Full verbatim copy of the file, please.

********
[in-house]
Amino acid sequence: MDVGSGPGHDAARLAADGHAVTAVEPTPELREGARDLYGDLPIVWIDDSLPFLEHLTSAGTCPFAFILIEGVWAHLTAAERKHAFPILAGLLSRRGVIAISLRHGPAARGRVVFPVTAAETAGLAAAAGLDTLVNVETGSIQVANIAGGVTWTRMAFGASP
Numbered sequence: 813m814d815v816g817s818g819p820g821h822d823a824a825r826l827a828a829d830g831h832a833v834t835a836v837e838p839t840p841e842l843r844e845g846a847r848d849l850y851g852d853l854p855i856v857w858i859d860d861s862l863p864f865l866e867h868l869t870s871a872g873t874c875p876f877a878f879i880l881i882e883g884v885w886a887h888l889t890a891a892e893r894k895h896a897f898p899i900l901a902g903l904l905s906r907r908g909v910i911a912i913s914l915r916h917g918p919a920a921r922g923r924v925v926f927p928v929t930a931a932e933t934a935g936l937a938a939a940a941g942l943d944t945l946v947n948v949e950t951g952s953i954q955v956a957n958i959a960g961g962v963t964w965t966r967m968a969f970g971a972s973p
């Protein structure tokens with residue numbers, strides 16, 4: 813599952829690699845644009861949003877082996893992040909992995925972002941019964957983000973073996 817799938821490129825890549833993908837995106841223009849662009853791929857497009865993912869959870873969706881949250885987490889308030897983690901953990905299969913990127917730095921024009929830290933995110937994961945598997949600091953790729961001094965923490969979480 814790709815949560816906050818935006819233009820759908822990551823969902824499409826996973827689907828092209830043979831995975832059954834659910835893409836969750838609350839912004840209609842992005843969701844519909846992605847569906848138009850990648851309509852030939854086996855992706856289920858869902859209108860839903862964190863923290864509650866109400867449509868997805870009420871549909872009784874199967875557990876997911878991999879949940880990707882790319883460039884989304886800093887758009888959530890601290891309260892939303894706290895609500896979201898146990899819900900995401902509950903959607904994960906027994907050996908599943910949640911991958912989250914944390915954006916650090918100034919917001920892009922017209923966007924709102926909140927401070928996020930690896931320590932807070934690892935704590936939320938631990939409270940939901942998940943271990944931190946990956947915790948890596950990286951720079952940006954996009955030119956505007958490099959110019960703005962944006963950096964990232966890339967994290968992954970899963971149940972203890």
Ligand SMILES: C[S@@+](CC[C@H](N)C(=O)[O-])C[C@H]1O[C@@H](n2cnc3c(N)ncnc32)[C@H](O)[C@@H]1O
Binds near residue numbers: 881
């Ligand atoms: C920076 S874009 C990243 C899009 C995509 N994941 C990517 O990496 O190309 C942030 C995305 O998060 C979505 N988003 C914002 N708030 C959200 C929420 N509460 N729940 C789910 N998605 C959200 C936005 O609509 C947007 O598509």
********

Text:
[in-house]
Amino acid sequence: MDVGSGPGHDAARLAADGHAVTAVEPTPELREGARDLYGDLPIVWIDDSLPFLEHLTSAGTCPFAFILIEGVWAHLTAAERKHAFPILAGLLSRRGVIAISLRHGPAARGRVVFPVTAAETAGLAAAAGLDTLVNVETGSIQVANIAGGVTWTRMAFGASP
Numbered sequence: 813m814d815v816g817s818g819p820g821h822d823a824a825r826l827a828a829d830g831h832a833v834t835a836v837e838p839t840p841e842l843r844e845g846a847r848d849l850y851g852d853l854p855i856v857w858i859d860d861s862l863p864f865l866e867h868l869t870s871a872g873t874c875p876f877a878f879i880l881i882e883g884v885w886a887h888l889t890a891a892e893r894k895h896a897f898p899i900l901a902g903l904l905s906r907r908g909v910i911a912i913s914l915r916h917g918p919a920a921r922g923r924v925v926f927p928v929t930a931a932e933t934a935g936l937a938a939a940a941g942l943d944t945l946v947n948v949e950t951g952s953i954q955v956a957n958i959a960g961g962v963t964w965t966r967m968a969f970g971a972s973p
């Protein structure tokens with residue numbers, strides 16, 4: 813599952829690699845644009861949003877082996893992040909992995925972002941019964957983000973073996 817799938821490129825890549833993908837995106841223009849662009853791929857497009865993912869959870873969706881949250885987490889308030897983690901953990905299969913990127917730095921024009929830290933995110937994961945598997949600091953790729961001094965923490969979480 814790709815949560816906050818935006819233009820759908822990551823969902824499409826996973827689907828092209830043979831995975832059954834659910835893409836969750838609350839912004840209609842992005843969701844519909846992605847569906848138009850990648851309509852030939854086996855992706856289920858869902859209108860839903862964190863923290864509650866109400867449509868997805870009420871549909872009784874199967875557990876997911878991999879949940880990707882790319883460039884989304886800093887758009888959530890601290891309260892939303894706290895609500896979201898146990899819900900995401902509950903959607904994960906027994907050996908599943910949640911991958912989250914944390915954006916650090918100034919917001920892009922017209923966007924709102926909140927401070928996020930690896931320590932807070934690892935704590936939320938631990939409270940939901942998940943271990944931190946990956947915790948890596950990286951720079952940006954996009955030119956505007958490099959110019960703005962944006963950096964990232966890339967994290968992954970899963971149940972203890």
Ligand SMILES: C[S@@+](CC[C@H](N)C(=O)[O-])C[C@H]1O[C@@H](n2cnc3c(N)ncnc32)[C@H](O)[C@@H]1O
Binds near residue numbers: 881
């Ligand atoms: C920076 S874009 C990243 C899009 C995509 N994941 C990517 O990496 O190309 C942030 C995305 O998060 C979505 N988003 C914002 N708030 C959200 C929420 N509460 N729940 C789910 N998605 C959200 C936005 O609509 C947007 O598509």